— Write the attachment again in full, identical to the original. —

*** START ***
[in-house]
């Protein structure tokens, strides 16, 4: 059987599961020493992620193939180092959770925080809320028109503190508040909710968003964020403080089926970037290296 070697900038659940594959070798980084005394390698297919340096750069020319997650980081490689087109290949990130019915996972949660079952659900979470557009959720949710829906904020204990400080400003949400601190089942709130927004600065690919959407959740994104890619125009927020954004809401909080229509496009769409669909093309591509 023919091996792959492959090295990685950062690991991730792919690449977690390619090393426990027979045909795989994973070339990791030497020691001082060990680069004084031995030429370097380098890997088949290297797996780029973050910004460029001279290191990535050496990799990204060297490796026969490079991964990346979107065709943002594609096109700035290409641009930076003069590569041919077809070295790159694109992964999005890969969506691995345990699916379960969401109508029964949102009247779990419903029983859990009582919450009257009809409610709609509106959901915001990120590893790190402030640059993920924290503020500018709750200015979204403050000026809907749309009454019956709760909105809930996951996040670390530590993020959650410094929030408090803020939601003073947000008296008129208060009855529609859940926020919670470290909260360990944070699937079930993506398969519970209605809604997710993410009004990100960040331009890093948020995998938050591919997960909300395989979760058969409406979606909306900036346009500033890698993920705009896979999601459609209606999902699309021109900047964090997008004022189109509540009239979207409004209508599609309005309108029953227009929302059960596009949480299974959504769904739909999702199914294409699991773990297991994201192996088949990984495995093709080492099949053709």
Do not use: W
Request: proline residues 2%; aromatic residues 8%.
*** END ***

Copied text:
[in-house]
């Protein structure tokens, strides 16, 4: 059987599961020493992620193939180092959770925080809320028109503190508040909710968003964020403080089926970037290296 070697900038659940594959070798980084005394390698297919340096750069020319997650980081490689087109290949990130019915996972949660079952659900979470557009959720949710829906904020204990400080400003949400601190089942709130927004600065690919959407959740994104890619125009927020954004809401909080229509496009769409669909093309591509 023919091996792959492959090295990685950062690991991730792919690449977690390619090393426990027979045909795989994973070339990791030497020691001082060990680069004084031995030429370097380098890997088949290297797996780029973050910004460029001279290191990535050496990799990204060297490796026969490079991964990346979107065709943002594609096109700035290409641009930076003069590569041919077809070295790159694109992964999005890969969506691995345990699916379960969401109508029964949102009247779990419903029983859990009582919450009257009809409610709609509106959901915001990120590893790190402030640059993920924290503020500018709750200015979204403050000026809907749309009454019956709760909105809930996951996040670390530590993020959650410094929030408090803020939601003073947000008296008129208060009855529609859940926020919670470290909260360990944070699937079930993506398969519970209605809604997710993410009004990100960040331009890093948020995998938050591919997960909300395989979760058969409406979606909306900036346009500033890698993920705009896979999601459609209606999902699309021109900047964090997008004022189109509540009239979207409004209508599609309005309108029953227009929302059960596009949480299974959504769904739909999702199914294409699991773990297991994201192996088949990984495995093709080492099949053709």
Do not use: W
Request: proline residues 2%; aromatic residues 8%.